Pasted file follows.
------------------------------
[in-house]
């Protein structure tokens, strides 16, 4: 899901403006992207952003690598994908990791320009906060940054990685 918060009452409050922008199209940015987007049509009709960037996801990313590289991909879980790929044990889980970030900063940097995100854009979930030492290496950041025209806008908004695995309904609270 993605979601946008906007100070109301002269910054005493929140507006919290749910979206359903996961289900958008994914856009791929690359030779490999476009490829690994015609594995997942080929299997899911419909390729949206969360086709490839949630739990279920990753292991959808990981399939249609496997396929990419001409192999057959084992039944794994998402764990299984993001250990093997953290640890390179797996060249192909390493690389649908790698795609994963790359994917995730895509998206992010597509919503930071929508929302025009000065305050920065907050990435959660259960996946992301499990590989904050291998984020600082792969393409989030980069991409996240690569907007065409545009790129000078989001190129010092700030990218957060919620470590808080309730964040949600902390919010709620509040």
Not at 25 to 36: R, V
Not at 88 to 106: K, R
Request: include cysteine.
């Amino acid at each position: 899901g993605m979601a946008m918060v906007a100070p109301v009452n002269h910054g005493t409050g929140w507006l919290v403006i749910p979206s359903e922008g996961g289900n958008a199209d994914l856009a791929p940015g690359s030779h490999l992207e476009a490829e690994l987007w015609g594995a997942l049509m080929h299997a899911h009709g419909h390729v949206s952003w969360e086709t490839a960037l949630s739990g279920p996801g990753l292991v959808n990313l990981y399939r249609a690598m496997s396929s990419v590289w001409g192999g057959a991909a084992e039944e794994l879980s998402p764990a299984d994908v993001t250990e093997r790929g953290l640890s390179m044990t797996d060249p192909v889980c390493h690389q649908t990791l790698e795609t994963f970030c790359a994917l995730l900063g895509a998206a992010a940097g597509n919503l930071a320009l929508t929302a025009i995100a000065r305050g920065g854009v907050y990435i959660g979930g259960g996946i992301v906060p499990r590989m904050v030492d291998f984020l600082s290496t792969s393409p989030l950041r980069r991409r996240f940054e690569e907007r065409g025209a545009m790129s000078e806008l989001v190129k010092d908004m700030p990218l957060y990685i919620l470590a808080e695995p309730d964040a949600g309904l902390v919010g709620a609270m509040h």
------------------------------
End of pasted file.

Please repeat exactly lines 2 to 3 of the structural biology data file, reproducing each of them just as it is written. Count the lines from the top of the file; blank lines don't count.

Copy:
């Protein structure tokens, strides 16, 4: 899901403006992207952003690598994908990791320009906060940054990685 918060009452409050922008199209940015987007049509009709960037996801990313590289991909879980790929044990889980970030900063940097995100854009979930030492290496950041025209806008908004695995309904609270 993605979601946008906007100070109301002269910054005493929140507006919290749910979206359903996961289900958008994914856009791929690359030779490999476009490829690994015609594995997942080929299997899911419909390729949206969360086709490839949630739990279920990753292991959808990981399939249609496997396929990419001409192999057959084992039944794994998402764990299984993001250990093997953290640890390179797996060249192909390493690389649908790698795609994963790359994917995730895509998206992010597509919503930071929508929302025009000065305050920065907050990435959660259960996946992301499990590989904050291998984020600082792969393409989030980069991409996240690569907007065409545009790129000078989001190129010092700030990218957060919620470590808080309730964040949600902390919010709620509040």
Not at 25 to 36: R, V